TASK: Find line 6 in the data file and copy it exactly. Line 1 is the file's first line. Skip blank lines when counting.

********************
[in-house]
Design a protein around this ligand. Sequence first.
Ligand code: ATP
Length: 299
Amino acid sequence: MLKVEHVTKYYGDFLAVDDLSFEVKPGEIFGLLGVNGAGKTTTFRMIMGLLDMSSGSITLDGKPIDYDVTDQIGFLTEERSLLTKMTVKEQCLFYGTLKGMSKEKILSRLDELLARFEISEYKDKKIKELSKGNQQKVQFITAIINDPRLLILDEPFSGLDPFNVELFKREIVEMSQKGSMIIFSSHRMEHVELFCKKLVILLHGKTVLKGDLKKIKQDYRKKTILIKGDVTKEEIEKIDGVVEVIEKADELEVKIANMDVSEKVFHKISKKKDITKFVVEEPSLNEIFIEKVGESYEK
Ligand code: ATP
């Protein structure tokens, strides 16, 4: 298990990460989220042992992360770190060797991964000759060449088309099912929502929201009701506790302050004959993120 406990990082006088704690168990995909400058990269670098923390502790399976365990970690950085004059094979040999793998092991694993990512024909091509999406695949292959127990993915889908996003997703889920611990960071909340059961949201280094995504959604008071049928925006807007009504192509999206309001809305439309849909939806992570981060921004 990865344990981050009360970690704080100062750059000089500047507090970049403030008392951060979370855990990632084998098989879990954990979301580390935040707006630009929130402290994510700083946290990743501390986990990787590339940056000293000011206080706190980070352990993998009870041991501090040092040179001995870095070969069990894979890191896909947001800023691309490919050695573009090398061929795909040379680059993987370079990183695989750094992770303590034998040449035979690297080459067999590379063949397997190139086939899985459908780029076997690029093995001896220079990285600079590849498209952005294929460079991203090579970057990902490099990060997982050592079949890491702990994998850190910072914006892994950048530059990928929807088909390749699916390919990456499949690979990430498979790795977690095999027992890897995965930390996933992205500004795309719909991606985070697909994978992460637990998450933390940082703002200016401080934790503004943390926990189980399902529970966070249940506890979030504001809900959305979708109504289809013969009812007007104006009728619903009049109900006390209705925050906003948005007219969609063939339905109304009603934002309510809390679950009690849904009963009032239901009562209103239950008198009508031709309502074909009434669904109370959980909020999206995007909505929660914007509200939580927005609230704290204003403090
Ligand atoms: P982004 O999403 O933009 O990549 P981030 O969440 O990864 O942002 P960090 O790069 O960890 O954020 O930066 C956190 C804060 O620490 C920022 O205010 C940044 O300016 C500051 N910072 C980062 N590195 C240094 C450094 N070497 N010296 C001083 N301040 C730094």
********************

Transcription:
Ligand code: ATP